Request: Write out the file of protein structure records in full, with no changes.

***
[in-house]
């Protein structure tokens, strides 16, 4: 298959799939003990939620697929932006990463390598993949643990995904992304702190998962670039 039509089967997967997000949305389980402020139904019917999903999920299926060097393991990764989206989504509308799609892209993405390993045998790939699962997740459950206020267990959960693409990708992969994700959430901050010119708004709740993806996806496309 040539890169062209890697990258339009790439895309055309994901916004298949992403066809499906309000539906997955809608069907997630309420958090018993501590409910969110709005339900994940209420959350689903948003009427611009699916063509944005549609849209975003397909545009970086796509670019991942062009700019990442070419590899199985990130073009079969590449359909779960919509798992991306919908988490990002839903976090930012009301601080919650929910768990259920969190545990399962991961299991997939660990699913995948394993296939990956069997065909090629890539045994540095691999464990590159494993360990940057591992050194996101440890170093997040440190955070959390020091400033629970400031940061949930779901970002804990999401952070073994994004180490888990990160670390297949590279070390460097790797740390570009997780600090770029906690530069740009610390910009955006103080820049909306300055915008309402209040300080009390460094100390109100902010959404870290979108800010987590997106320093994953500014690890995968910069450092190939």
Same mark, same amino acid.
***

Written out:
[in-house]
């Protein structure tokens, strides 16, 4: 298959799939003990939620697929932006990463390598993949643990995904992304702190998962670039 039509089967997967997000949305389980402020139904019917999903999920299926060097393991990764989206989504509308799609892209993405390993045998790939699962997740459950206020267990959960693409990708992969994700959430901050010119708004709740993806996806496309 040539890169062209890697990258339009790439895309055309994901916004298949992403066809499906309000539906997955809608069907997630309420958090018993501590409910969110709005339900994940209420959350689903948003009427611009699916063509944005549609849209975003397909545009970086796509670019991942062009700019990442070419590899199985990130073009079969590449359909779960919509798992991306919908988490990002839903976090930012009301601080919650929910768990259920969190545990399962991961299991997939660990699913995948394993296939990956069997065909090629890539045994540095691999464990590159494993360990940057591992050194996101440890170093997040440190955070959390020091400033629970400031940061949930779901970002804990999401952070073994994004180490888990990160670390297949590279070390460097790797740390570009997780600090770029906690530069740009610390910009955006103080820049909306300055915008309402209040300080009390460094100390109100902010959404870290979108800010987590997106320093994953500014690890995968910069450092190939």
Same mark, same amino acid.